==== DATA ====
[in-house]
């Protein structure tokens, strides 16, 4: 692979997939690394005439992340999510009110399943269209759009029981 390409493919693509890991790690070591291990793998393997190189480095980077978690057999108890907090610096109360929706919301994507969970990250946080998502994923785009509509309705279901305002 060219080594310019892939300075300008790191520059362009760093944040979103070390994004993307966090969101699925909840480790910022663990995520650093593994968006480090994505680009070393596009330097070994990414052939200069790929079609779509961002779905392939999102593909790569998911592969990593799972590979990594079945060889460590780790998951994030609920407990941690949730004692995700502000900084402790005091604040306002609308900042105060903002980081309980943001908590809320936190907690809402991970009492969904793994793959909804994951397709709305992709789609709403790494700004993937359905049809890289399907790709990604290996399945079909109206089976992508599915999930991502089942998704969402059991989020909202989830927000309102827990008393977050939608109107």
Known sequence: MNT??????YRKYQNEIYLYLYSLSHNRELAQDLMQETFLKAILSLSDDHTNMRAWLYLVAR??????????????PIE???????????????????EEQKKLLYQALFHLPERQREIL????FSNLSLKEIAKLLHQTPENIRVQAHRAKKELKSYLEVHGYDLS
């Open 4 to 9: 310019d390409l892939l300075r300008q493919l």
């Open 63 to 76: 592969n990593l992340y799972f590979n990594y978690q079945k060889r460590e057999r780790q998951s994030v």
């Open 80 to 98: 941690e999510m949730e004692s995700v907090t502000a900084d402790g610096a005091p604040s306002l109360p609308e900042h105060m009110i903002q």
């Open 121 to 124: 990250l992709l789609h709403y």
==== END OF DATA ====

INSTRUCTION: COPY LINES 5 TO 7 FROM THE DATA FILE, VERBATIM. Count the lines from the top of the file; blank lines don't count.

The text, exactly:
């Open 63 to 76: 592969n990593l992340y799972f590979n990594y978690q079945k060889r460590e057999r780790q998951s994030v």
């Open 80 to 98: 941690e999510m949730e004692s995700v907090t502000a900084d402790g610096a005091p604040s306002l109360p609308e900042h105060m009110i903002q």
């Open 121 to 124: 990250l992709l789609h709403y």